Having an avian friend in your life can be one of the most fulfilling decisions you can make. A parrot can be a great pet that brings joy and excitement in your life, if chosen correctly. There are several factors to consider when selecting which species of parrot you want as a pet. This article is intended to provide some of the basics.  


The Bird for You

One of the biggest factors in selecting a pet parrot is the lifetime the bird. Many parrot species can live a very long time, for example many larger parrot breeds can live up to 50 years. This means that your pet parrot could be with you the rest of your life, and in some cases may even out live you! If you don’t want a bird that can live past half a century, then you might want to select from the smaller bird species like budgies and cockatiels which can still live a long life of up to 20 years.


In addition to age, below are some of the basics of common pet parrot species: 


Budgerigars (Budgies):

Great for first time bird owners. Small and easy to care for along with being very sociable and chatty birds. Budgies are the most common psittacine species in the world. When properly cared for and given enough time to play and interact with you, these birds can become very attached to their owners and may even learn to talk back! Needs include a spacious cage with plenty of toys. The cage needs to be at least double the size of the bird’s wingspan, which equates to approximately 3.5 cubic feet.



Like the budgies, cockatiels are a great bird for novice owners, because they are small and relatively easy to care for. They are the smallest in size out of all the cockatoo species. They need a cage with enrichments and plenty of social interactions with you and the bird. Cockatiels can become very attached to you if you give them enough attention and time out of their cage with you. Females may sometimes lay eggs. If that is the case, do not remove the eggs, because then the cockatiels will continually lay eggs and deplete their calcium reserves. If this happens you will need to make adjustments to your cockatiel’s diet, by adding in extra calcium supplements. You can also purchase fake eggs and place them in the cage to help control laying.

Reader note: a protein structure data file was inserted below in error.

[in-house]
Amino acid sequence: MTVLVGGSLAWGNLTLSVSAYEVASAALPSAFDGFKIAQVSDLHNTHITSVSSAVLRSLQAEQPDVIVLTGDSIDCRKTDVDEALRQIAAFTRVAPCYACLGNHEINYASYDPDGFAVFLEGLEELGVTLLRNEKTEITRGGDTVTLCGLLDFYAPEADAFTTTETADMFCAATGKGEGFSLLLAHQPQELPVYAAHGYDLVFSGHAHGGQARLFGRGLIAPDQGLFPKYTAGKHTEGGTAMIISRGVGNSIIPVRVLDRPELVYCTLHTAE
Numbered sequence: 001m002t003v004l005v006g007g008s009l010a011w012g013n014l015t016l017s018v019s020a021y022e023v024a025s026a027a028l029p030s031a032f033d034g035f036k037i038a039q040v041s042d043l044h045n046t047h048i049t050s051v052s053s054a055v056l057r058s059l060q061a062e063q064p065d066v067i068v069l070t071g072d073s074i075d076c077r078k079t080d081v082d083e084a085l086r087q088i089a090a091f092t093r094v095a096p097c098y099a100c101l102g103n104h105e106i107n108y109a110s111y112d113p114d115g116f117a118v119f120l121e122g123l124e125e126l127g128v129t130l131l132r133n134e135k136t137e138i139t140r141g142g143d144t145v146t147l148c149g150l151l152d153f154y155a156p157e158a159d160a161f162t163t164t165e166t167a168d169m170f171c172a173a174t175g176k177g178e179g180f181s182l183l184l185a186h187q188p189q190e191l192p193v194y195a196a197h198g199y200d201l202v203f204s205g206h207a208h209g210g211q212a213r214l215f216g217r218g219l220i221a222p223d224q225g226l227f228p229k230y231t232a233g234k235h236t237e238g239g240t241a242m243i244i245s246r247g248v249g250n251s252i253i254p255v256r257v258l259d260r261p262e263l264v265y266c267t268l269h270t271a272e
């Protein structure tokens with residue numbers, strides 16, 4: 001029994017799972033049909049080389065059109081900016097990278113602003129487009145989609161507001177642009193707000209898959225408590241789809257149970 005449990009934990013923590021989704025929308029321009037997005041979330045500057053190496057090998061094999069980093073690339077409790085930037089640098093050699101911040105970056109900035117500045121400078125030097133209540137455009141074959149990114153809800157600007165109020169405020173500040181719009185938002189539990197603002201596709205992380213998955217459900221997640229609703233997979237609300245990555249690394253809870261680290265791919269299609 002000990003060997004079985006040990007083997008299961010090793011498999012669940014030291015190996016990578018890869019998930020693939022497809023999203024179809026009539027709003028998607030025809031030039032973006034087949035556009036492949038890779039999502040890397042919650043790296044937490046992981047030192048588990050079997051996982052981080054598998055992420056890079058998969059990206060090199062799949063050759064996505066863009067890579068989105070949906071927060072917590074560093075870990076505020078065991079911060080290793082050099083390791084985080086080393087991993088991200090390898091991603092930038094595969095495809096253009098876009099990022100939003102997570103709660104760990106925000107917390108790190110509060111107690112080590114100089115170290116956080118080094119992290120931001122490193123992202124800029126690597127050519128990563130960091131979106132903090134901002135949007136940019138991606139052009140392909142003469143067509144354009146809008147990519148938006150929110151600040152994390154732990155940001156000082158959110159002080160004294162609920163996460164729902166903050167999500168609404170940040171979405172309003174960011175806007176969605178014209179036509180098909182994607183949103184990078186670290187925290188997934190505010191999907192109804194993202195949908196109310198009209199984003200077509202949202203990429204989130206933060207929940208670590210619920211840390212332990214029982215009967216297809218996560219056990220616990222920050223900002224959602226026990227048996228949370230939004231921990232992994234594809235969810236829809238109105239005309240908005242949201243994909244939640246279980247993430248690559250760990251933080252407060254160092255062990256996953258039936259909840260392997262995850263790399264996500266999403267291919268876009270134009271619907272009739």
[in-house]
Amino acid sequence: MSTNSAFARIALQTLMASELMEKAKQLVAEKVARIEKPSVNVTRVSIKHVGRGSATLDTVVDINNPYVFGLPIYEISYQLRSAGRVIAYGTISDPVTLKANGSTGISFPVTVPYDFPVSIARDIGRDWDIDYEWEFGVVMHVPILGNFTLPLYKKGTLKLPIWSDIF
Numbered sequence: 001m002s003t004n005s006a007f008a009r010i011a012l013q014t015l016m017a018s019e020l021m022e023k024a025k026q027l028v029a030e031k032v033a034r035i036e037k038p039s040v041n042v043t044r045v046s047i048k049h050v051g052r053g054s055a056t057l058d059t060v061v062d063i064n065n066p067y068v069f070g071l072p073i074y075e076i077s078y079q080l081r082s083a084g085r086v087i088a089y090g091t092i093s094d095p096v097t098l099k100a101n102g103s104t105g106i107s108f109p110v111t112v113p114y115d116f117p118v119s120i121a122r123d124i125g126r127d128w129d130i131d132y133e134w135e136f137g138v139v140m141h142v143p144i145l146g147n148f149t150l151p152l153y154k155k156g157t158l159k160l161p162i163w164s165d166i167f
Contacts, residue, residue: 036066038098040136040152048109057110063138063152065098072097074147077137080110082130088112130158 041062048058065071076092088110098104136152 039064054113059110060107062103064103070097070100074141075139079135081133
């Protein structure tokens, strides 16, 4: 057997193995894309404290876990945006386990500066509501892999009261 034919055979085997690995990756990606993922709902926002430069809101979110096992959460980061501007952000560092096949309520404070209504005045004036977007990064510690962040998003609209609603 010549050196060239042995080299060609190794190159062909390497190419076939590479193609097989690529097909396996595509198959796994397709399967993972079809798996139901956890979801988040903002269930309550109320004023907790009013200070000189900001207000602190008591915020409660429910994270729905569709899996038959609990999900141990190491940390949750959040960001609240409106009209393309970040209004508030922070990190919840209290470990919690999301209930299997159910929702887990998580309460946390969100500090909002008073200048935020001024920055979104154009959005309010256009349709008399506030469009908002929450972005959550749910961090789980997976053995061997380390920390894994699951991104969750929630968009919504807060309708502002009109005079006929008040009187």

Love birds enjoy being in pairs, however it is not mandatory. If you have the time to give a single lovebird enough attention and play time throughout the day then it can do just fine by itself. Female lovebirds are more aggressive than the males. Lovebirds also do not do well with other bird species so keep them separate if you have any other birds.



One of the larger species that one could have as a pet. They are much larger and louder than most of the pet bird species out there. There are around thirty different breeds of cockatoos and each with their own unique traits. Your bond with your cockatoo is very important for the bird. Specifically, they need a lot of attention and time with you in order to be healthy and a great pet. If they form a good bond with you, they will speak to you and mimic sentences or phrases you say. If you do not give them enough attention or play time, they can become very depressed resulting in destructive and self-harming behaviors.



The largest of the parrot species and best fitted for an experienced bird owner. Macaws are highly intelligent and sociable birds. They enjoy cuddling and spending time with their owner as well as socializing with flock mates. Like cockatoos, if macaws don’t get social time with their owners or other birds, they can become depressed or develop other mental health disorders. They need an extremely large cage with plenty of enrichments to keep them occupied.


Considerations Before Committing to a Parrot

In future articles we will focus more on husbandry, behavior and care of each of the above species. Regardless of the parrot companion you choose, it is important to consider the commitment you are making. Parrots are loud (in excess of 150 decibels for some species), messy, and can be expensive in terms of health care and basic needs. Since they are so intelligent when compared to other birds (e.g. chickens, doves, etc.), they can be more challenging behaviorally. Bringing a parrot into your home is often equated to having a toddler that will continue to behave the same way for decades. If parrots do not have enough social interaction or their natural behaviors are met with punishment (e.g. yelling at your bird to be quiet), they may develop anxiety, self harming behaviors like feather plucking, and other behavioral disorders. Learn more about understanding what your parrot is trying to tell you in this article.

Parrots are also more potentially destructive and dangerous than other birds, and large parrots with bigger beaks command respect. Parrots can bite with pressures between 300 and 400 psi, which is more than enough to cause deep punctures requiring stitches. A parrot bite may also cause parrot fever, a rare infection caused by Chlamydia psittaci, or other infections. 


While there are many challenges to owning a parrot as described, identifying the best species of bird for you will go a long way toward optimizing your experience for you and your future parrot companion. This article is intended to give you some of the basic information on common species in order to better match owner and pet. When deciding on a parrot, further research and consultation with exotic bird sellers and your local avian veterinarian is suggested. You can also ask us using our Ask A Question page!


This article was written by Ari Sallus, Joseph Gendreau and Dr. Maurice Pitesky at the UC Davis School of Veterinary Medicine-Cooperative Extension.